of het Haantjes glas Antien and I both burst out in tears. Some items,
through the emotional memories of events or persons associated with them,
have a value which goes way beyond their normal usefulness or natural
beauty. Het Haantjes glas most certainly was one of those.
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Monday, November 30 2009
Well, that was quite a walk down memory lane this last week. Now, what happened
this week here at the Sunshine Coast. Every day around midday I have been walking
down this lane through the dunes behind Mooloolaba Beach for my daily walk and swim.
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has been variable, mostly fine, never cold. The last two days strong winds at the
coast, whipping up the waves into irregular patters, foaming down the beach,
terrific to swim in and more exhilarating than the most luxurious spa.
Last night a huge thunderstorm with lots of rain and an electricity blackout
for several hours, so Doug took me to the nearby Chancellor Park Tavern for an
I had my scheduled checkup with the Urologist. My PSA (prostate blood
reading) has gone down to 4.5 (from 6.9 in February) and is now probably just about
within the "normal" range for my age, but Kirsten wants to keep an eye on the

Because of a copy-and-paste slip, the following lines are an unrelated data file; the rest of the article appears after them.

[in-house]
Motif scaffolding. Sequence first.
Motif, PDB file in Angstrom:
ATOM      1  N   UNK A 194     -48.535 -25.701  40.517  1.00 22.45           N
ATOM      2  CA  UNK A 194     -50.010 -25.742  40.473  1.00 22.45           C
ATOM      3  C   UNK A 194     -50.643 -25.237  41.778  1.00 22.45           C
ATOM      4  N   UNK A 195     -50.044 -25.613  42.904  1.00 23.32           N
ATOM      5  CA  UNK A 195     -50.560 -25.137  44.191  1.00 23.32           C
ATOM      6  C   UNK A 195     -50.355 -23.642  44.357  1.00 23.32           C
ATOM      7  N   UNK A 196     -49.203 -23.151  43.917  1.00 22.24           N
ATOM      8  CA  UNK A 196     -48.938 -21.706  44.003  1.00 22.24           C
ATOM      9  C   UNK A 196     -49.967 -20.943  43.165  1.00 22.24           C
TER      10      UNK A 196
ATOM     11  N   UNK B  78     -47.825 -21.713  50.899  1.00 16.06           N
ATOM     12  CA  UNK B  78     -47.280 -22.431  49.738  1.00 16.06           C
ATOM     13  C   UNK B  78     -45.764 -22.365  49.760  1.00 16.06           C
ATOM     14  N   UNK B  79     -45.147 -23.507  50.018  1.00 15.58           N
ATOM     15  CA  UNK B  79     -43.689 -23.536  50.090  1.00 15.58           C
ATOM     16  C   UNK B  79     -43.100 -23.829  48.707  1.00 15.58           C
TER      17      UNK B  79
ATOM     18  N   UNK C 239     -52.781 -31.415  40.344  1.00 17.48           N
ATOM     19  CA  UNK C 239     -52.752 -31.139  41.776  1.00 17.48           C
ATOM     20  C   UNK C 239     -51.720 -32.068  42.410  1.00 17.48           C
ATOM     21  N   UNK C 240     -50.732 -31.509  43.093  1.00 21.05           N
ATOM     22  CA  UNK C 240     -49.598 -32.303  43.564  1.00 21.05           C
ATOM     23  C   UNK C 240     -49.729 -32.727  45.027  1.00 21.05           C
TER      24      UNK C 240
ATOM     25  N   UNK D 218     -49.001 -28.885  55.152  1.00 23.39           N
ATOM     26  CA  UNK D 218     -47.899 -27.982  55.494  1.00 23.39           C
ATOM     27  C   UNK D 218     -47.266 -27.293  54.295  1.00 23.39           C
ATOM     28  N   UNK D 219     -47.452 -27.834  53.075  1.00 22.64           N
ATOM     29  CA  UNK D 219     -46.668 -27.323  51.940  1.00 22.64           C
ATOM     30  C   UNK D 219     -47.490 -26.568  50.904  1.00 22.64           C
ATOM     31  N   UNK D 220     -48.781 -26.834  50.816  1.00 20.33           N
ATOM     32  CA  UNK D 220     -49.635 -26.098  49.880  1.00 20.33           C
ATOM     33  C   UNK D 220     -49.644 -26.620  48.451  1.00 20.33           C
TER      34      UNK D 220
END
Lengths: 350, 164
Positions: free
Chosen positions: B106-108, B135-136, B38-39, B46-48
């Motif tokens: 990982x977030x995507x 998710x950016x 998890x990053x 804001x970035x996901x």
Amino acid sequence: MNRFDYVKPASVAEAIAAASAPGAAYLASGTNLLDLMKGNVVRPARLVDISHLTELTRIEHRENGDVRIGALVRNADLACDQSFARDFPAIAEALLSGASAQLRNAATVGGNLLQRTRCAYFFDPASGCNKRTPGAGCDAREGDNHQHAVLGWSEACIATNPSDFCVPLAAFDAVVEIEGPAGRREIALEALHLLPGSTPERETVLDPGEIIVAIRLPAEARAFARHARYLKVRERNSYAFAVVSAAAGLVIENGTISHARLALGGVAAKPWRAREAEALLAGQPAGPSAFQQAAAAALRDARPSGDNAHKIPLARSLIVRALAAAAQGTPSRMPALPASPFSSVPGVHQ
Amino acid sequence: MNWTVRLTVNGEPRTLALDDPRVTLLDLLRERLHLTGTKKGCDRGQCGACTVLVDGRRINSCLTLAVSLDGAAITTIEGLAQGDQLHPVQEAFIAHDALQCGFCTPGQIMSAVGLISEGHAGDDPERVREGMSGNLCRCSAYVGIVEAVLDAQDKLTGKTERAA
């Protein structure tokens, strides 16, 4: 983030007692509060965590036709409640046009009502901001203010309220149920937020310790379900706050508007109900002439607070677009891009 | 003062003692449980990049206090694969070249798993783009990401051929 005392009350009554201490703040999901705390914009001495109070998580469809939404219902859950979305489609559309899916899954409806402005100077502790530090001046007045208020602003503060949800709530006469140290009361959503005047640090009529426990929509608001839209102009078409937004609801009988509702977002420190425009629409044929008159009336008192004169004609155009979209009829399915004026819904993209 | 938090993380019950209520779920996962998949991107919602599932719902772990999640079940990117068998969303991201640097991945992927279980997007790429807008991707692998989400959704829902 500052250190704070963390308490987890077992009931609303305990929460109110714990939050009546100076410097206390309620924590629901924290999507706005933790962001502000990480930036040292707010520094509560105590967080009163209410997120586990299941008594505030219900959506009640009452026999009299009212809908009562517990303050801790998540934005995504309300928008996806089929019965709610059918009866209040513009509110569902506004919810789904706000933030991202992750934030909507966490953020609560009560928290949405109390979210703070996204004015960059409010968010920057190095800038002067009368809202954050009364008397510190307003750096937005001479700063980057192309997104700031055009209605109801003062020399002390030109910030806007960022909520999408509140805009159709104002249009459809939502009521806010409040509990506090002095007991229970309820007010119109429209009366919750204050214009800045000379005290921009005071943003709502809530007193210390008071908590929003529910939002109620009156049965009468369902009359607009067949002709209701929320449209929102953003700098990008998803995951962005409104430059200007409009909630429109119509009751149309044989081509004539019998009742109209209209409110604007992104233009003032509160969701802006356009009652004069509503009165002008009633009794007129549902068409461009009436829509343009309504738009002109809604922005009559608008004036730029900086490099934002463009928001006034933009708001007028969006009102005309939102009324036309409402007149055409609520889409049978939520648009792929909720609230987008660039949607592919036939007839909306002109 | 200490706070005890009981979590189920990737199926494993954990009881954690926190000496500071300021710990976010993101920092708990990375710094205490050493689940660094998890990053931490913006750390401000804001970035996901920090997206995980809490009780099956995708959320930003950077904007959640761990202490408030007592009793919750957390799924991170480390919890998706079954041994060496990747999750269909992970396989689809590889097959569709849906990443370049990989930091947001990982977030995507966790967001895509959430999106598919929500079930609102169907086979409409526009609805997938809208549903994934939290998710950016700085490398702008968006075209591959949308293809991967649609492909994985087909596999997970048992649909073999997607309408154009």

situation so I will see her again in 12 months time.
Babette is in Japan on business for a week, back Saturday, so Doug and I are
baching it at present. I took him out for dinner last Friday at a new BYO (Bring Your Own drinks) Greek
restaurant, Ella-Messa, on Brisbane Road in Mooloolaba. The place was
jumping and fully booked when we got there, but somehow they managed to get us a
small table inside.
The floor is bare rough concrete (so that, Greek style, plates can be smashed on
it explained the waitress), so the noise (voices echoing everywhere) was
deafening, but somehow this added to the general atmosphere. We selected five
entrees rather than main courses, which were all very enjoyable (octopus,
whitebait, meatballs, pork sausage, dips, pita bread). In short, we had a great
time and will be back for sure.
Copyright © 2009 Michael Furstner